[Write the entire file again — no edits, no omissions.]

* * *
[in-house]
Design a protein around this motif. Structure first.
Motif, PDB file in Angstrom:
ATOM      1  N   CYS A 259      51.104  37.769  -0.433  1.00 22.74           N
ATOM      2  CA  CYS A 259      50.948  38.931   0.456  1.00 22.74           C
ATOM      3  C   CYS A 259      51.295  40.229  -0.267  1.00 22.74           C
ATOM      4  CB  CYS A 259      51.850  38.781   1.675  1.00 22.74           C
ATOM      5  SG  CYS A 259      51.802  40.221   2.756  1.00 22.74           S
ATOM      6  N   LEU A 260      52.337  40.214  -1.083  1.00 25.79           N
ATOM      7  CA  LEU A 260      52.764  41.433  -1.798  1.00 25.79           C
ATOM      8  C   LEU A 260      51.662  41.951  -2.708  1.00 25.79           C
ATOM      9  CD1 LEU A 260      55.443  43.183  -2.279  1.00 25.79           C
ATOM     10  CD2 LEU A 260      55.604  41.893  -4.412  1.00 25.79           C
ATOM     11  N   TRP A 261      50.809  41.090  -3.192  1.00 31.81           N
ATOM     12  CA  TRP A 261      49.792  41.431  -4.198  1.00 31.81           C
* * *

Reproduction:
[in-house]
Design a protein around this motif. Structure first.
Motif, PDB file in Angstrom:
ATOM      1  N   CYS A 259      51.104  37.769  -0.433  1.00 22.74           N
ATOM      2  CA  CYS A 259      50.948  38.931   0.456  1.00 22.74           C
ATOM      3  C   CYS A 259      51.295  40.229  -0.267  1.00 22.74           C
ATOM      4  CB  CYS A 259      51.850  38.781   1.675  1.00 22.74           C
ATOM      5  SG  CYS A 259      51.802  40.221   2.756  1.00 22.74           S
ATOM      6  N   LEU A 260      52.337  40.214  -1.083  1.00 25.79           N
ATOM      7  CA  LEU A 260      52.764  41.433  -1.798  1.00 25.79           C
ATOM      8  C   LEU A 260      51.662  41.951  -2.708  1.00 25.79           C
ATOM      9  CD1 LEU A 260      55.443  43.183  -2.279  1.00 25.79           C
ATOM     10  CD2 LEU A 260      55.604  41.893  -4.412  1.00 25.79           C
ATOM     11  N   TRP A 261      50.809  41.090  -3.192  1.00 31.81           N
ATOM     12  CA  TRP A 261      49.792  41.431  -4.198  1.00 31.81           C